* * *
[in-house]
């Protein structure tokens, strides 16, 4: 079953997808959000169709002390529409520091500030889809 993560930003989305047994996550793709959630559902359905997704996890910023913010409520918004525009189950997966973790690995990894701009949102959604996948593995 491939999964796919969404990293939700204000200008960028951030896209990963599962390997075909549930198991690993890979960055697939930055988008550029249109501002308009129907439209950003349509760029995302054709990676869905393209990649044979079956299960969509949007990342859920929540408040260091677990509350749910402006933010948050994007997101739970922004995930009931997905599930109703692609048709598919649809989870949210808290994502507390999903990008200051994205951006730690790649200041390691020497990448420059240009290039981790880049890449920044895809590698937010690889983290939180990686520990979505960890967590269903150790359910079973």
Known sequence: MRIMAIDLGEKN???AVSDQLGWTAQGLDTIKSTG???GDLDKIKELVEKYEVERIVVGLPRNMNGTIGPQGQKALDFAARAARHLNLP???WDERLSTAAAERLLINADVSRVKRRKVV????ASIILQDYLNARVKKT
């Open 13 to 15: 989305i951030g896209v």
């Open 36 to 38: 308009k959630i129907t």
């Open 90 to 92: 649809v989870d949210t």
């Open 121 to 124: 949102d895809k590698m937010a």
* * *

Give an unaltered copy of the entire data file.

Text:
[in-house]
């Protein structure tokens, strides 16, 4: 079953997808959000169709002390529409520091500030889809 993560930003989305047994996550793709959630559902359905997704996890910023913010409520918004525009189950997966973790690995990894701009949102959604996948593995 491939999964796919969404990293939700204000200008960028951030896209990963599962390997075909549930198991690993890979960055697939930055988008550029249109501002308009129907439209950003349509760029995302054709990676869905393209990649044979079956299960969509949007990342859920929540408040260091677990509350749910402006933010948050994007997101739970922004995930009931997905599930109703692609048709598919649809989870949210808290994502507390999903990008200051994205951006730690790649200041390691020497990448420059240009290039981790880049890449920044895809590698937010690889983290939180990686520990979505960890967590269903150790359910079973």
Known sequence: MRIMAIDLGEKN???AVSDQLGWTAQGLDTIKSTG???GDLDKIKELVEKYEVERIVVGLPRNMNGTIGPQGQKALDFAARAARHLNLP???WDERLSTAAAERLLINADVSRVKRRKVV????ASIILQDYLNARVKKT
């Open 13 to 15: 989305i951030g896209v």
């Open 36 to 38: 308009k959630i129907t």
């Open 90 to 92: 649809v989870d949210t």
């Open 121 to 124: 949102d895809k590698m937010a």